” 1» your boy gettin g along w ell ut top o f lower hole and remain there equal to one-half o f the entire national
uutll barrel Is empty. The barrel must wealth produced In three centuries.
‘ Yes— os w e ll as could be
H e has tw o fractured ribs,
collarbone, and a dislocated
but the doctor says he'll be
lu a fe w w eeks.”
expected. be absolutely air tig h t Best to place
a broken on a floor for hogs.
A n e w M o v e m e n t In E d n e a t l o n .
The Missouri State Board of Agri
culture In co-operation with the Agri
C» r a f t e r .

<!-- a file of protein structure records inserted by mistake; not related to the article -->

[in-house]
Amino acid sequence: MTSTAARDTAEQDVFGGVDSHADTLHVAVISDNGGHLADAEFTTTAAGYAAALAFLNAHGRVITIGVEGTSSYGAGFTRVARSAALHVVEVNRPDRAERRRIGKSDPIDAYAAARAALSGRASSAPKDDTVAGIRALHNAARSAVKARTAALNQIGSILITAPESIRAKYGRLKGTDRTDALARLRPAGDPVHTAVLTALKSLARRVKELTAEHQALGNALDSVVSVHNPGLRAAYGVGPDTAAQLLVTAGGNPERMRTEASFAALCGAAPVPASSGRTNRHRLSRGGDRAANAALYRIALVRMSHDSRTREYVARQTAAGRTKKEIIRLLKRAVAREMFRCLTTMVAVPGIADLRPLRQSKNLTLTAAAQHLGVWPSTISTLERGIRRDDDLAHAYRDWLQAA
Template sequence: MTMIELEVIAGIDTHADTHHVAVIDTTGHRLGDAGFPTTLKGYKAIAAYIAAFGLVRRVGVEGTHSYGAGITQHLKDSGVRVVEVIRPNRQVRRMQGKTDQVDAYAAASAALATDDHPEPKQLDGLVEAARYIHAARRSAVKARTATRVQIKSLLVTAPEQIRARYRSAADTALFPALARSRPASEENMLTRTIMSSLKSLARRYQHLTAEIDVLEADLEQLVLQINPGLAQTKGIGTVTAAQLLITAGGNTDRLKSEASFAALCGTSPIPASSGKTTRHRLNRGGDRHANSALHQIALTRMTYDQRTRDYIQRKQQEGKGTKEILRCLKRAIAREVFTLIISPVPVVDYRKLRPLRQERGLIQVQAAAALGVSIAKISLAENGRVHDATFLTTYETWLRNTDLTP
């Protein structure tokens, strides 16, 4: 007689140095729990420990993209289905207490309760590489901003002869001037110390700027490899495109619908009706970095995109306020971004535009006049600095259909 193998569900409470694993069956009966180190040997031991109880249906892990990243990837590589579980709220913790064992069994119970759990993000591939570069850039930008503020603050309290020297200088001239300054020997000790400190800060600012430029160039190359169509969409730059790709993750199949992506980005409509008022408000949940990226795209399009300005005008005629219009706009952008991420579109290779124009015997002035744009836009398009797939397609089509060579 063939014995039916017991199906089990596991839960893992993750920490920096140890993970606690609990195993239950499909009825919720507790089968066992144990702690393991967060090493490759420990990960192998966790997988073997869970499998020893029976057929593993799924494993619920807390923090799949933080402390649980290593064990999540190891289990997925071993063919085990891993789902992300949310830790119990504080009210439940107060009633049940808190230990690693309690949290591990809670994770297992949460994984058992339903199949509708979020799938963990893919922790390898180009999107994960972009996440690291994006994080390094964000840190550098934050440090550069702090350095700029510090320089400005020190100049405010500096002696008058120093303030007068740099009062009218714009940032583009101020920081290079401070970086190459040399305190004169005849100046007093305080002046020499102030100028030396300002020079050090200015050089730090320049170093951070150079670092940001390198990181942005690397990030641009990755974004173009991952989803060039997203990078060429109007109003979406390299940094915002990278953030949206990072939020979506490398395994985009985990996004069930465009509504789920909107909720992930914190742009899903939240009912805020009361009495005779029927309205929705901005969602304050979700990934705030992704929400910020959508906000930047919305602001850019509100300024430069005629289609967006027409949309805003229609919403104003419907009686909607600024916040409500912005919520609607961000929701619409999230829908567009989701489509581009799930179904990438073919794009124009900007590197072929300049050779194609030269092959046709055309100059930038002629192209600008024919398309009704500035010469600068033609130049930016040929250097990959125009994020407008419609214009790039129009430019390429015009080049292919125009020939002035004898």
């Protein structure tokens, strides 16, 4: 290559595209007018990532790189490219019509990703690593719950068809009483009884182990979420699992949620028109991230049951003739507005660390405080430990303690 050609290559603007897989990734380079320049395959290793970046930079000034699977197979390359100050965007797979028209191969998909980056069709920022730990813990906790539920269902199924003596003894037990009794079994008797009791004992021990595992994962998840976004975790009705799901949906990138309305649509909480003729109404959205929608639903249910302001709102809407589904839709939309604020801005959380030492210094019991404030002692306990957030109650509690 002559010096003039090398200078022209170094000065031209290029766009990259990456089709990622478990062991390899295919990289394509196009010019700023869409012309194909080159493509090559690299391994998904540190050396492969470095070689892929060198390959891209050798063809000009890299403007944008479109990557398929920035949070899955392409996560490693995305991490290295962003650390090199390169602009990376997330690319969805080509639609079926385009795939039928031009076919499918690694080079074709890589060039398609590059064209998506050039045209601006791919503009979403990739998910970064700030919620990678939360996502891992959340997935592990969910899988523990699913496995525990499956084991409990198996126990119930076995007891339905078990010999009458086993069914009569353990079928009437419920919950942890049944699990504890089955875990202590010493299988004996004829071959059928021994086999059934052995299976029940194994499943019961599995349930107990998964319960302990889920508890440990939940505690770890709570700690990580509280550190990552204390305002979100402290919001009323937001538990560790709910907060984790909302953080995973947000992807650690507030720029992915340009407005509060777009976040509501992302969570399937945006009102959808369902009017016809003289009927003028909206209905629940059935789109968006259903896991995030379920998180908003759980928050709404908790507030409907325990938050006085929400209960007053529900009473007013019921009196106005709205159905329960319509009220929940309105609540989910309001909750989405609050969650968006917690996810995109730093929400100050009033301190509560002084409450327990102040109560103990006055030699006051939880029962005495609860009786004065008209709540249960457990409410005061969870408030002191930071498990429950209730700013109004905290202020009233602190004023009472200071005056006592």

cultural College has Just Inaugurated
ths a new educational campaign. Lectur
D uffer— H e promised to g iv e
city a clean adm inistration.
ers are being sent to the country school-
P u ffer— H e has kept his promise, house« In various p art« o f the State to
speak to the children and parents upon
D uffer— I guess he has;
he has practical problems o f farming. Usually
cleaned the city fo r all he can get out tw o lecture« are given at each place,
o f I t — Indianapolis Star.
one In the afternoon and one at night
In many places 75 to 100 farmers at
E va— So you have given Jack up tend the meetings, often going miles
over muddy roads. The funds in the
ami really mean to forget him?
K ath arin e— Forget him?
W h y, I hands o f the board are not sufficient to
shall fo rg e t him as qtitck as the politi enable It to send lecturers to every
cians forget the voter when electiou school house, but the enthusiasm with
day Is over.
which the farm ers receive the Instruc